Shoreland
1895 W U.S. Highway 2         Grand Rapids, MN    
Mon-Fri: 8am to 4:30pm Closed on Weekends
 

Itasca Soil & Water office is CLOSED to the public until further notice due to COVID-19. Please call our office if you need assistance, thank you for your patience during this time.

218-326-5573

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The Itasca County Shoreland Guide provides basic information about good lake stewardship. You will learn ways of managing your property that will protect water quality by: (1) curbing pollution at the source and (2) reducing, capturing, and cleansing runoff before pollutants reach the lake. Included in the guide is information on how to prevent the spread of aquatic invasive species (AIS) that can impair recreational enjoyment and impact water quality. Specific local and state rules and regulations related to shoreland living and development will also be covered.

Shoreline Guidebook cover image


 

Shorelands typically contain important habitat and erodible soils, which present a high risk to surface water pollution if not anchored with natural deep-rooted vegetation. Many of these areas are highly sensitive to development. Shoreland standards are designed to accommodate development around sensitive water bodies in a sustainable way - reducing impacts on water quality and preserving the natural character of the water body.

Technical assistance is available for shoreland management such as:

  • Shoreline and stream bank stabilization such as rock riprap and bioengineering
  • Lakeshore alterations including tree plantings, diversions, and filter strip establishment
  • Reestablish or create a more natural shoreline by planting native shoreline species
  • Design projects for shoreline management

Itasca County Soil and Water can assist up to 50% of the landowner shoreline management project total costs. Cost-share assistance may be available depending on funding and the nature of the project.

Not only are natural shorelines beautiful, they are critical in stabilizing the shoreline from the damaging effects of erosion. Natural shorelines also create a buffer between your yard and the lake. That natural buffer helps keep the lake water clean by filtering out pollutants before they have a chance to reach the lake. Natural shorelines also create critical habitat for fish and wildlife that a manicured lawn cannot provide.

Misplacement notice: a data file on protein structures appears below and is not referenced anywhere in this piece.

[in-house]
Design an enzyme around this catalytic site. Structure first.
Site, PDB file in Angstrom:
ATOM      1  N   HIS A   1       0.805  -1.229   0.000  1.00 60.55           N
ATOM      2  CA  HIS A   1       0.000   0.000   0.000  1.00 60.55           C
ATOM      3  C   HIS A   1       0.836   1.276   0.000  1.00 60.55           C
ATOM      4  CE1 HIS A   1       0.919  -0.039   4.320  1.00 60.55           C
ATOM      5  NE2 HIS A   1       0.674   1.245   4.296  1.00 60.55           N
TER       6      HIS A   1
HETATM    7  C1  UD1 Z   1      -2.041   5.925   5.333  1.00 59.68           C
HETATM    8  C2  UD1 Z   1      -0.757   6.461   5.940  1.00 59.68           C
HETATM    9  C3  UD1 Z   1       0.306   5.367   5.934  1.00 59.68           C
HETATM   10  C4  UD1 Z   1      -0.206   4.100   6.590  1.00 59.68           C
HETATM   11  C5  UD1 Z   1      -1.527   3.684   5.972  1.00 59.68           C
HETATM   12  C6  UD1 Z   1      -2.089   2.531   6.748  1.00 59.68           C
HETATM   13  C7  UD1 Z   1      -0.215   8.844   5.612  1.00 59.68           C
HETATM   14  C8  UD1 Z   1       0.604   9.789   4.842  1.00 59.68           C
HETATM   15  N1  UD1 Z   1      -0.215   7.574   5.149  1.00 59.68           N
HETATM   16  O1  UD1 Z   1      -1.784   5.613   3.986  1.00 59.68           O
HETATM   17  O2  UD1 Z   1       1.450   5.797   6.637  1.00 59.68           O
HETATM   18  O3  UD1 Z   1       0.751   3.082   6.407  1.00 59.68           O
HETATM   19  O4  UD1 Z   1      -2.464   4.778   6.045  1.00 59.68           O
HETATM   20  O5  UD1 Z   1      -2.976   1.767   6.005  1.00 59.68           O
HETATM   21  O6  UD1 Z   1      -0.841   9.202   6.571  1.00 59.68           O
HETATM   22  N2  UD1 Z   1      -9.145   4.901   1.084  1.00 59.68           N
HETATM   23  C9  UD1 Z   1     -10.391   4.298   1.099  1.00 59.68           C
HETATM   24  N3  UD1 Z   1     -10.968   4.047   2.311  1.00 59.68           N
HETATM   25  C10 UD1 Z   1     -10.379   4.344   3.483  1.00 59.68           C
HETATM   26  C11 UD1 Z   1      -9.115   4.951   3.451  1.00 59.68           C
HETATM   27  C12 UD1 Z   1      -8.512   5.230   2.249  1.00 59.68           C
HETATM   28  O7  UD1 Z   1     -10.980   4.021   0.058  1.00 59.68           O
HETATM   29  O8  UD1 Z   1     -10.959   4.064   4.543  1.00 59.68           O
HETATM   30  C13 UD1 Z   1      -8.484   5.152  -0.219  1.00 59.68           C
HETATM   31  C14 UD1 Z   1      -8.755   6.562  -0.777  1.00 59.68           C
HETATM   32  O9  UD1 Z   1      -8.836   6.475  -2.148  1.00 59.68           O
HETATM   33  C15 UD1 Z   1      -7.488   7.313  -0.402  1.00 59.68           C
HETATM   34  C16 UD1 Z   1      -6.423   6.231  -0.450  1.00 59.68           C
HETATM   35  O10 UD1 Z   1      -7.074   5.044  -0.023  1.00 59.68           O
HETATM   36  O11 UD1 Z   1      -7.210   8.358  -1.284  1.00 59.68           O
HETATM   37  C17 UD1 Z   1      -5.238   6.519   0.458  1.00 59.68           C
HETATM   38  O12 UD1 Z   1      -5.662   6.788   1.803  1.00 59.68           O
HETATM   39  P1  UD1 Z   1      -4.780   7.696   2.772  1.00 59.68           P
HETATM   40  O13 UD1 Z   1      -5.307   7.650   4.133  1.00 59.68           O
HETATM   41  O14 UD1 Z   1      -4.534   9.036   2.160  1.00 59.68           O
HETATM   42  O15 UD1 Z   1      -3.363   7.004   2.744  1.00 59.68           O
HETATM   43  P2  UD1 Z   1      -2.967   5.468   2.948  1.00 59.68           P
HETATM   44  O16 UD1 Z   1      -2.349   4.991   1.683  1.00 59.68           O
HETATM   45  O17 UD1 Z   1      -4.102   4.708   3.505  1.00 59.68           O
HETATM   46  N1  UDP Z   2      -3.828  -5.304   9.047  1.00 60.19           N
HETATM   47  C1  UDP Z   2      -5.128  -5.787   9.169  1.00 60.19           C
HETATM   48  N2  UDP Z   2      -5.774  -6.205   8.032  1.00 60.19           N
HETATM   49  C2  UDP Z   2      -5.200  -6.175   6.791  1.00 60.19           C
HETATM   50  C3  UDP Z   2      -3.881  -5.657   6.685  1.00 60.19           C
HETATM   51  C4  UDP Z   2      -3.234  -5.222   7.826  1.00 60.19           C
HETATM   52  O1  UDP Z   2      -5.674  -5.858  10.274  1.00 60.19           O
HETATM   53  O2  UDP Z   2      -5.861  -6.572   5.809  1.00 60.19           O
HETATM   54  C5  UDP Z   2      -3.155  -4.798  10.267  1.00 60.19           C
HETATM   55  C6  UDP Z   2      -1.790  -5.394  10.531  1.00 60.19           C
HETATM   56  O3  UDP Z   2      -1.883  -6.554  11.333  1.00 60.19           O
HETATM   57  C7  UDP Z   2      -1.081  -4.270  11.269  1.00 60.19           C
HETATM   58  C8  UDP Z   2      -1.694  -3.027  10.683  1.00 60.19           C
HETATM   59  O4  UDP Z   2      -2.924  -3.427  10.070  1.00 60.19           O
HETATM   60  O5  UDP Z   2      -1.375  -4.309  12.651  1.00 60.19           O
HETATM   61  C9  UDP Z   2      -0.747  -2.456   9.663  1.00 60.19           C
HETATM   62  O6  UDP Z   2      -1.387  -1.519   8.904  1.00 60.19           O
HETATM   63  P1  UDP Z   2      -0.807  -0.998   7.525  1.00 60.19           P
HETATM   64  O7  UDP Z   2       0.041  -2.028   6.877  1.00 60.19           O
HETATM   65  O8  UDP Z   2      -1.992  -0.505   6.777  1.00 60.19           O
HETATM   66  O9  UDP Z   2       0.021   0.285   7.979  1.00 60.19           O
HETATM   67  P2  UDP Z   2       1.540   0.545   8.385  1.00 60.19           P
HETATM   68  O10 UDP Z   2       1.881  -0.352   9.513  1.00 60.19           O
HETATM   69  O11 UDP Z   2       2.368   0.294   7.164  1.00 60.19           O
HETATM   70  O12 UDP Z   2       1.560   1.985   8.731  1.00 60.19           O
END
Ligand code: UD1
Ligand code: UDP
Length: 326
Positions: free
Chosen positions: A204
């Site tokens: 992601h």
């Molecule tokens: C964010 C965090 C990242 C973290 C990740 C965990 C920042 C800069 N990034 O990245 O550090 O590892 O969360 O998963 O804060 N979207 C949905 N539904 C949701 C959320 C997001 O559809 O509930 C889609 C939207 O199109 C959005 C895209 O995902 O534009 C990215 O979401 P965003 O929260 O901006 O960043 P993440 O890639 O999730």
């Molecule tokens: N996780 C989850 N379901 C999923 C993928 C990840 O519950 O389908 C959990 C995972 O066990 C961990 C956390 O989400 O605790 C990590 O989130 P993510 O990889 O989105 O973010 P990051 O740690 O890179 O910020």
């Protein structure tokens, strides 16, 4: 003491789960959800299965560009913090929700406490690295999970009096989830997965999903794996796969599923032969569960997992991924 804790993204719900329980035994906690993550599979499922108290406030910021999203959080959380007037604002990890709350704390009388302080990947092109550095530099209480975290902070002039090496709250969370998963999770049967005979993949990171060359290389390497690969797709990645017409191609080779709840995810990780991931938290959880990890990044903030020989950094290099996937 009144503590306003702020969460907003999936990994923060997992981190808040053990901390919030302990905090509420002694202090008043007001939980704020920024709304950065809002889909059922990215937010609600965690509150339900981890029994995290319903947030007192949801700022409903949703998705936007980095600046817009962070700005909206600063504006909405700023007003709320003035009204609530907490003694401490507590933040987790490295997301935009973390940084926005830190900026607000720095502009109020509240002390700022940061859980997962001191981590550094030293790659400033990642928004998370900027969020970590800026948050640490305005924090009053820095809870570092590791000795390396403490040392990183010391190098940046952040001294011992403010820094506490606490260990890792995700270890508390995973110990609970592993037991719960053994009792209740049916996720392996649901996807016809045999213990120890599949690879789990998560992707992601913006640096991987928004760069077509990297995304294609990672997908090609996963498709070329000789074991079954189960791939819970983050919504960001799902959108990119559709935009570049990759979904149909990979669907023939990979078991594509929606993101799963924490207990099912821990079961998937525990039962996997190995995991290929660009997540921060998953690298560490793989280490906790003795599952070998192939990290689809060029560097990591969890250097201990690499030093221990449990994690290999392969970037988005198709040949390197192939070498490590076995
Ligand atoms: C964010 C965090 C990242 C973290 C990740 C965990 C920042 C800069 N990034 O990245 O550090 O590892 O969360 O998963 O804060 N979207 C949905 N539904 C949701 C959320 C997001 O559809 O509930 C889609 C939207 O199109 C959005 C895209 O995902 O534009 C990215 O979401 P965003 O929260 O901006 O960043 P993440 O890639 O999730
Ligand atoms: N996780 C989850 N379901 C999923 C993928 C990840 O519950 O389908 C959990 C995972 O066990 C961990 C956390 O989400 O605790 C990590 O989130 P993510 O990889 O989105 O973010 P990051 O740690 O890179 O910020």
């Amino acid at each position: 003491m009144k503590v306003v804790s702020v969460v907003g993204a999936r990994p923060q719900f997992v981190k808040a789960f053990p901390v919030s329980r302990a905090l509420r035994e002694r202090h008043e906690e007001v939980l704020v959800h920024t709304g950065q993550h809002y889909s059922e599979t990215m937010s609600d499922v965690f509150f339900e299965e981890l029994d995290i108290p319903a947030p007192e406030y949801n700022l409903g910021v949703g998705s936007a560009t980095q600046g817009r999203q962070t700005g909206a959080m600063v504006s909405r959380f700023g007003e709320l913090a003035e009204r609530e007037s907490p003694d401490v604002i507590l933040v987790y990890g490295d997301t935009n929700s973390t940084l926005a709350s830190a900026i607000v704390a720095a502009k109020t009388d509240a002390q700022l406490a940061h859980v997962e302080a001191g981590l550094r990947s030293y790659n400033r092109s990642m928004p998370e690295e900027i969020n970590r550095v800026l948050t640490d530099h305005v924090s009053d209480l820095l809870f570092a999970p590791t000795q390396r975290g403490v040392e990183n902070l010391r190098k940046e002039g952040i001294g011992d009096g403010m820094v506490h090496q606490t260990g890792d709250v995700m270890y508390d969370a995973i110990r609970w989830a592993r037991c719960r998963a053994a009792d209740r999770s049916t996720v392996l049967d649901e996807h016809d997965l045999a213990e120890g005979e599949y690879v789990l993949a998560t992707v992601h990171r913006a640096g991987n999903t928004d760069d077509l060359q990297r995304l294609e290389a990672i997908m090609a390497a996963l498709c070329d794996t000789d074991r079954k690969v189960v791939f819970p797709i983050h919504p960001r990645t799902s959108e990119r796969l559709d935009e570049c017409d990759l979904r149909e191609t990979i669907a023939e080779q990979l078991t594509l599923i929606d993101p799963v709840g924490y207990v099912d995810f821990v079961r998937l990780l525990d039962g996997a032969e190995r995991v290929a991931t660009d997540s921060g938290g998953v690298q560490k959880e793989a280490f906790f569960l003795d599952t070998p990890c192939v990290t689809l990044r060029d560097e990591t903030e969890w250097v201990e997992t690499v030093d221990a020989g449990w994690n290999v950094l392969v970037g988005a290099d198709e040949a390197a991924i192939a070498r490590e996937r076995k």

Landowners wanting to implement changes to their property near lakes, streams, and wetlands, should check with your local permitting and zoning authority for:

  • Variances
  • BMP’s
  • Permits
  • Ordinances

Restore Your Shore!
Shoreline Alteration

Landowners wanting assistance with shoreland management and projects can contact our staff.

Tim Frits, Forestry/Shoreland Specialist



The Itasca County Coalition of Lake Associations (I-COLA) started the Shoreland Stewardship Award Program to recognize lakeshore owners who have implemented outstanding shoreline management practices within Itasca County. The purpose of the award is to recognize as well as promote shoreline conservation practices on area lakes. Award winners are chosen annually by the Shoreland Steward Award Committee, and presented with an award honoring their commitment to conserving the county's water resources. Award winners also receive recognition at the Itasca County Fair, at a County Commissioners meeting, and on ICTV. The Stewardship Award program is funded through I-COLA, and administered by I-COLA as well as the Itasca SWCD. If you have implemented any new shoreline conservation practices or have been maintaining an exceptional shoreland conservation practice on your property or may know someone who has been contributing to shoreland conservation practices and would like to share the success story please contact us.


2019 Shoreland Steward Award Winners

  • Jan & Larry Baldwin

    Jan & Larry Baldwin

    Installed in 2018, 200 feet of shoreline was protected from wave erosion by bio-logs and native plantings on Deer Lake.
  • John Davis

    John Davis

    Installed in 2016. 45 feet of shoreline was protected by bio-logs and native plantings on Deer Lake.

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